Borehole Tests and Drillings

It is Time to Think About Borehole Tests and Drilling

In the wake of the near-catastrophic drought in the Western Cape and the continuing hikes in the price of municipal water, a growing number of suburban homeowners are choosing to follow the example of their country cousins by relying, instead, on water drawn from subterranean sources beneath their properties. Even if used only for topping up the pool and watering the lawn, over the course of a year, the savings can be substantial. In addition, it is an option that can help relieve the pressure on the dwindling reserves available to service providers. In short, maybe we should all consider arranging some borehole tests and, if satisfactory, drilling.

Rain falling on the land percolates through the soil until it reaches a layer of rock that is sufficiently permeable to support its flow, whereupon it forms underground streams known as aquifers. If a shaft of sufficient depth is drilled from above and protected from soil contamination with a suitable liner, water can then be extracted from the aquifer with a pump. For maximum efficiency, the pump should be designed to operate submerged, pushing water upwards rather than drawing it upwards from the surface.

Before proceeding, a hydrological survey will be necessary to determine the best site for the borehole drilling, and a number of tests will also need to be performed in order to check the quality of water and to estimate the likely yield. The survey should be conducted by an experienced hydrologist who will combine data based upon the surrounding terrain with that obtained from specialised survey maps to determine where to and the approximate depth of the hole needed to intersect the aquifer. Based upon these findings, it is then possible to provide a quotation.

The quote should include all equipment and labour, including any walling that may need to be removed and replaced to provide access for the borehole drilling equipment, and the cost of any tests. It is important to note that the quote will normally stipulate a maximum depth to which the company agrees to drill. Should this prove to be insufficient to intersect the aquifer, be aware that any additional drilling necessary will incur added expenses and will normally be calculated at a fixed cost per metre.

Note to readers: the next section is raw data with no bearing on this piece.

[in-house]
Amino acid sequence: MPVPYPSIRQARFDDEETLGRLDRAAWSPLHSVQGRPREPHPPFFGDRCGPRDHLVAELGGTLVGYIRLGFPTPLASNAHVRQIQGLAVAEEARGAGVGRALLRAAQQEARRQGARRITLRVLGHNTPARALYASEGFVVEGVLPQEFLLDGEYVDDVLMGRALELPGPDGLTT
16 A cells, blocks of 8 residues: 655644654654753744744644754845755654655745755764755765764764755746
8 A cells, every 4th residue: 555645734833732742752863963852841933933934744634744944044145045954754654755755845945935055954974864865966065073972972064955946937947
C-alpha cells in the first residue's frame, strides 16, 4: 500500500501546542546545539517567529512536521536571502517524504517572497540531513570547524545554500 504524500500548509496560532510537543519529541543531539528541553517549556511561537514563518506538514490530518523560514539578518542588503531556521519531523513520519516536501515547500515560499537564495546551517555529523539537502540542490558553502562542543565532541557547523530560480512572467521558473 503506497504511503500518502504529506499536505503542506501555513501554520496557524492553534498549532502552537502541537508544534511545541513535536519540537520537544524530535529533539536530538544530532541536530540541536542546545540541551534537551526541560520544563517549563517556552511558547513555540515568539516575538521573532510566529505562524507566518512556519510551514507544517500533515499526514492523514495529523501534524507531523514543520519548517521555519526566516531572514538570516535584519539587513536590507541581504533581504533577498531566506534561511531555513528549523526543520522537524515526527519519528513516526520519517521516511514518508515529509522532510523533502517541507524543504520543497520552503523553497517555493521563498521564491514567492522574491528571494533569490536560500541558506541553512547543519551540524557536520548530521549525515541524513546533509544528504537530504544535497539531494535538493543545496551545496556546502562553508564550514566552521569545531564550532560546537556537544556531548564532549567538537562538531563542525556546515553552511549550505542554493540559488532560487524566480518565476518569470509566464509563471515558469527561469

The importance of the testing component of the operation should not be underestimated. The contractor will, of course, ensure that every precaution is taken to ensure the source is not contaminated as a result of the borehole drilling process. Nevertheless, traces of chemicals and microorganisms can occur, and tests should be conducted to determine what treatment, if any, might be necessary to provide the desired quality of water. In addition, step-drawdown, yield, and recovery testing serves to provide valuable insight into the operating efficiency and the likely long-term performance of the new installation.

Even though not all regions of South Africa may be officially designated as semi-arid, it has become clear, in recent years, that the country as a whole is now faced with an impending water crisis. While municipalities are taking what action they can to avert it, consumers need to play a more active role in water conservation. Why not contact the Water Pump Group and inquire about borehole tests and drilling on your property?

 

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